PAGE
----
Diarrhea means passing loose and watery stools. The severity of the condition may vary between slightly watery faeces along with an upset stomach that stays for a day or two or extremely watery faeces along with severe abdominal pains.
Symptoms of diarrhea
Common symptoms associated with diarrhea include:-
- Loose watery stools with three or more frequency a day
- Change in consistency of stools from usual (stools may become loose or less formed)
- Nausea and vomiting may be seen
- High temperature or fever over 38ºC (100.4ºF)
- Moderate to severe abdominal cramps
- Loss of appetite. Babies and infants may refuse to feed
- There may be a metallic or bitter taste in the mouth
With severe episodes of diarrhea there may be dehydration as well. This is particularly dangerous especially for young children and the elderly.
Babies having six or more episodes of Diarrhea in the past 24 hours are at risk of dehydration. Children with over six episodes of watery Diarrhea in the past 24 hours along with vomiting, bloody diarrhea and diarrhea that lasts for longer than two weeks are at risk of dehydration and need urgent attention.
Adults who have been recently treated in a hospital, or who have been treated with antibiotics, bloody diarrhea, persistent diarrhea and vomiting, abnormal weight loss and large volumes of watery diarrhea are at risk of dehydration and complications.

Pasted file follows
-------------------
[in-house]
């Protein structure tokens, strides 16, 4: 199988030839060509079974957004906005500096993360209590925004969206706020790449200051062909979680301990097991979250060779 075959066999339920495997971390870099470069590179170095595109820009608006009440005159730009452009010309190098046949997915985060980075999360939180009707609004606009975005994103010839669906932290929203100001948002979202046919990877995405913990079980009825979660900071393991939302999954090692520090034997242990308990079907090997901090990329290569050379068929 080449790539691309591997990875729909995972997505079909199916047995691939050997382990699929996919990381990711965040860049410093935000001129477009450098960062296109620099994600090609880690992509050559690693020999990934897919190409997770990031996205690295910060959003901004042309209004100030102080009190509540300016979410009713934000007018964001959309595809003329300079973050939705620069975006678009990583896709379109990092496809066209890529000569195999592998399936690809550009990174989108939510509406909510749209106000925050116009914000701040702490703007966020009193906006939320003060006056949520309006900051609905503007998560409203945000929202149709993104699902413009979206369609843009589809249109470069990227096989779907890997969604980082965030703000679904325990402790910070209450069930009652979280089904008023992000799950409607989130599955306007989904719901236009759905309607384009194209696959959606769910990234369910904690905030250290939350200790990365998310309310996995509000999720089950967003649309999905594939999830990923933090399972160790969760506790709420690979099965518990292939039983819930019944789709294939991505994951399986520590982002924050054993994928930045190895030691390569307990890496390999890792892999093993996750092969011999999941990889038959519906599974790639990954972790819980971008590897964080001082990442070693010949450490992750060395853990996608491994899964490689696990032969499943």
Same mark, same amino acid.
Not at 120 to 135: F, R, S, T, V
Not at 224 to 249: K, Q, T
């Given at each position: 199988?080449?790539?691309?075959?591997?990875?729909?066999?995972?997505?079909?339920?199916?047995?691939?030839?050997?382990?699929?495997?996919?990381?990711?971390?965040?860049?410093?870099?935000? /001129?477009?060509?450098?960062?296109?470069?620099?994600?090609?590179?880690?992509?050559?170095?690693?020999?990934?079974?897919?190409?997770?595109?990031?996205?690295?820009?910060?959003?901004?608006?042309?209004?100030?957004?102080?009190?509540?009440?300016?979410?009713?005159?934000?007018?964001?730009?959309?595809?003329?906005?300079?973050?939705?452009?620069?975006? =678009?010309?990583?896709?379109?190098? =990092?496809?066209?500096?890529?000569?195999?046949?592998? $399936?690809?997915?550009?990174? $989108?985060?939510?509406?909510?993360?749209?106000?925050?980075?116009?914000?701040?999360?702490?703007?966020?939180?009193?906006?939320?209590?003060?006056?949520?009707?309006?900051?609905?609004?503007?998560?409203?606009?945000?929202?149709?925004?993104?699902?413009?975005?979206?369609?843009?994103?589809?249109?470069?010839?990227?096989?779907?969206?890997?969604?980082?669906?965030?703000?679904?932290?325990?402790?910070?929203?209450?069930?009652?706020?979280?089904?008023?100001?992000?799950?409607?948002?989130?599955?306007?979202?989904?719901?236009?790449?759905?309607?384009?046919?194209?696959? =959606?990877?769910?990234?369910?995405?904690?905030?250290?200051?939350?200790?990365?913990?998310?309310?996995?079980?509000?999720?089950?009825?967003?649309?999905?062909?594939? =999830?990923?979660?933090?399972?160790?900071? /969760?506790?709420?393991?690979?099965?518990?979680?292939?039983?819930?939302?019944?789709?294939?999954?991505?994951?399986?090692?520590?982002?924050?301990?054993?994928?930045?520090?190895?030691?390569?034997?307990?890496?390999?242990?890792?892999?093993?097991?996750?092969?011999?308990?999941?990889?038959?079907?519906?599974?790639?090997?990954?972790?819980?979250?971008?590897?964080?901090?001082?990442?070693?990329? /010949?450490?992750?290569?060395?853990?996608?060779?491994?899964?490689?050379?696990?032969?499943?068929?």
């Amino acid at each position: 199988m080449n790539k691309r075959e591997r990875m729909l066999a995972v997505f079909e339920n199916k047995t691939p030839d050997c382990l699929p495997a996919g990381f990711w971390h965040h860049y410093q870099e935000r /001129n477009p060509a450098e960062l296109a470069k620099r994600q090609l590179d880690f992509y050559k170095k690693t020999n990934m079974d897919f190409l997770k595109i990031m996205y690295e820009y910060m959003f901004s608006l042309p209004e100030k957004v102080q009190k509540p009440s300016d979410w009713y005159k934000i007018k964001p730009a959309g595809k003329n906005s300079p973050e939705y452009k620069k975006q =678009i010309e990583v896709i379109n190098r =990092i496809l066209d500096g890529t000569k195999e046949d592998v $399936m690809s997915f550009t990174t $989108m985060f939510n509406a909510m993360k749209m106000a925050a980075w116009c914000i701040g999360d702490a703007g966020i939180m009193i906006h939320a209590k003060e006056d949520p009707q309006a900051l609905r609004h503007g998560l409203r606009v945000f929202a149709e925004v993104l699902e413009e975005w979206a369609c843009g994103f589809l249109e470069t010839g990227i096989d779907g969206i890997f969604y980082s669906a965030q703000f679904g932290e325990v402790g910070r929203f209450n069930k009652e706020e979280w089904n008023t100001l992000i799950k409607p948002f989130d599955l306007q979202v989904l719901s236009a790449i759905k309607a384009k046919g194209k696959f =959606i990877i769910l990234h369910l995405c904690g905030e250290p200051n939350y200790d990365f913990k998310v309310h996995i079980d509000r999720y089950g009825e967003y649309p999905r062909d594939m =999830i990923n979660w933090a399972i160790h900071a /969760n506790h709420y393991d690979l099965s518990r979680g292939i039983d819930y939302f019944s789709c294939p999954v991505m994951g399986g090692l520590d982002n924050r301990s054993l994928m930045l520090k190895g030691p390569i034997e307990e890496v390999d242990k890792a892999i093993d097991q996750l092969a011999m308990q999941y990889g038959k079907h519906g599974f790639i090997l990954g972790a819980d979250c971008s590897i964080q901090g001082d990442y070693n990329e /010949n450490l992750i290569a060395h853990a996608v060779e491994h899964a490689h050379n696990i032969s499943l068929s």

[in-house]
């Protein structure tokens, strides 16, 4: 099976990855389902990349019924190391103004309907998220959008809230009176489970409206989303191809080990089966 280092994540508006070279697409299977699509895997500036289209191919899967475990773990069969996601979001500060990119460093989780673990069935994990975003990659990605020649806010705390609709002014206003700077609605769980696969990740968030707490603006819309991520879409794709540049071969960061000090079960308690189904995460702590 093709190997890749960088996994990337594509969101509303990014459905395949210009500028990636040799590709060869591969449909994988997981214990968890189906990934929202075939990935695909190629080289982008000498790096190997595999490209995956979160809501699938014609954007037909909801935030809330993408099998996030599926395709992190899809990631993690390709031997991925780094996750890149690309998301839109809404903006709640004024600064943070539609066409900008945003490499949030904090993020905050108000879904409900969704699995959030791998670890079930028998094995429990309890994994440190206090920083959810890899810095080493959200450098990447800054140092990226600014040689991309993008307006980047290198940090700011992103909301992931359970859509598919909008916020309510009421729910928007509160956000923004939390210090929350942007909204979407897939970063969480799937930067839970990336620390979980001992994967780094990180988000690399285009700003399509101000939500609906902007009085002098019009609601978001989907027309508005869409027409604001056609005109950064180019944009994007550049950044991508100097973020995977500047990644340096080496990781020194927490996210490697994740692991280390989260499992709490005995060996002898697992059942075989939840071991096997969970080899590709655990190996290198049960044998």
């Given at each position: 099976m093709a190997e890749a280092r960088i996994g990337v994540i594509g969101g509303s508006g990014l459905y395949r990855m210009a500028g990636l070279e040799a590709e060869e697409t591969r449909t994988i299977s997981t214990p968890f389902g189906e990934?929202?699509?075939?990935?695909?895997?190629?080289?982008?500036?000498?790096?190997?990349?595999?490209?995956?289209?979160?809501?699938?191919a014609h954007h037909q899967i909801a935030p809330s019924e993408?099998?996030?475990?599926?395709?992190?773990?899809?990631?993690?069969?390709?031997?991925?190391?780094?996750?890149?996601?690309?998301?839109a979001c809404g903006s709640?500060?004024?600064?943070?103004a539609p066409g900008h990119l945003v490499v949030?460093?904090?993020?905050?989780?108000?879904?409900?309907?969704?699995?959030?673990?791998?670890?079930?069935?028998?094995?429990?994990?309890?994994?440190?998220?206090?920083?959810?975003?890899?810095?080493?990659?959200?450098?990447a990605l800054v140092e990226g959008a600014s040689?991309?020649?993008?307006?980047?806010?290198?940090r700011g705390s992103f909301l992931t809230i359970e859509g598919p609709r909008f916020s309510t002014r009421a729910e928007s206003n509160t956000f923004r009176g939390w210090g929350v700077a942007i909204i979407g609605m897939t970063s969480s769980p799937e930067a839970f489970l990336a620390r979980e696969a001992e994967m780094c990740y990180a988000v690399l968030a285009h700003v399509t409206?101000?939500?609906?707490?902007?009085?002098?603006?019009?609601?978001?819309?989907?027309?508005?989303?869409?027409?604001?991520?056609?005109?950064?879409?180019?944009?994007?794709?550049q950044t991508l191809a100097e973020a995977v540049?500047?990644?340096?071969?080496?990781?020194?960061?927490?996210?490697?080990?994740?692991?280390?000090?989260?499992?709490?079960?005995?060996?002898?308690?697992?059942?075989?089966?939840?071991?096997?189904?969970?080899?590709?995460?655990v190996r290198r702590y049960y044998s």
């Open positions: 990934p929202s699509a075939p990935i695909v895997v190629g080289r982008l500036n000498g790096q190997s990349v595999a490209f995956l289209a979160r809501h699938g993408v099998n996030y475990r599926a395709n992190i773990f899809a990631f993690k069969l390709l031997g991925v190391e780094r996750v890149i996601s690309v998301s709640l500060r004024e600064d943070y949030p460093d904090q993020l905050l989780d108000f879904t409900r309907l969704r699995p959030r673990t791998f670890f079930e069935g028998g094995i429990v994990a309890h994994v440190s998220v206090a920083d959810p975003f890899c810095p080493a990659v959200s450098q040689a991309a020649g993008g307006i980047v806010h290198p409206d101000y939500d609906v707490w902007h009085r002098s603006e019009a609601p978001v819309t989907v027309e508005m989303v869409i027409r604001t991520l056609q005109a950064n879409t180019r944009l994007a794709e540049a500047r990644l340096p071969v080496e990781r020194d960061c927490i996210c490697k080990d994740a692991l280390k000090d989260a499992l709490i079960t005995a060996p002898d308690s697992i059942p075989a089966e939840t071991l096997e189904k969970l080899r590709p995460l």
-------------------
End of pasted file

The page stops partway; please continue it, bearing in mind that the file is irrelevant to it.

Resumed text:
Symptoms of dehydration
Symptoms of dehydration include:-
- In children:-
- Increased thirst
- Cold, pale and clammy skin
- Irritable or drowsy
- Passing urine infrequently and passing dark coloured urine
- Cold hands and feet
- Dry tongue
- Sunken eyes and no tears
- There are sunken cheeks and sunken soft spot over the skull
- Skin stays pinched up and takes time to return to normal.
- In adults:-
- Increased thirst
- Fatigue, dizziness and light headedness
- Loss of appetite
- Dry tongue
- Sunken eyes
- Muscle cramps
- Rapid heart rate
Diagnosis of diarrhea and dehydration
Diarrhea and dehydration is most commonly diagnosed clinically by symptoms.
Most cases resolve on their own within 2 days or less. In these cases diagnostic tests are usually not necessary.
If diarrhea lasts longer or is accompanied by symptoms such as fever or bloody stools diagnostic tests may be used to determine the cause of diarrhea.
Investigations and diagnosis involves:-
- History of exposure to contaminated food or water or travel
- Physical examination for dehydration symptoms
- Stool is examined for bacteria, virus or parasites. Stool culture is also advised if the causative organism is not detected on examination
- Blood tests are used to detect causes that may lead to chronic diarrhea. Routine blood tests may detect anemia in cases of parasitic or other infections. Infections also show up as raised white blood cell count.
- Food allergy and intolerance tests may also be advised
- Sigmoidoscopy or colonoscopy is advised if inflammatory bowel disease or bowel cancers are suspected. Sigmoidoscopy and colonoscopy involves introducing a thin, flexible, lighted tube with a camera on its tip into the large intestines.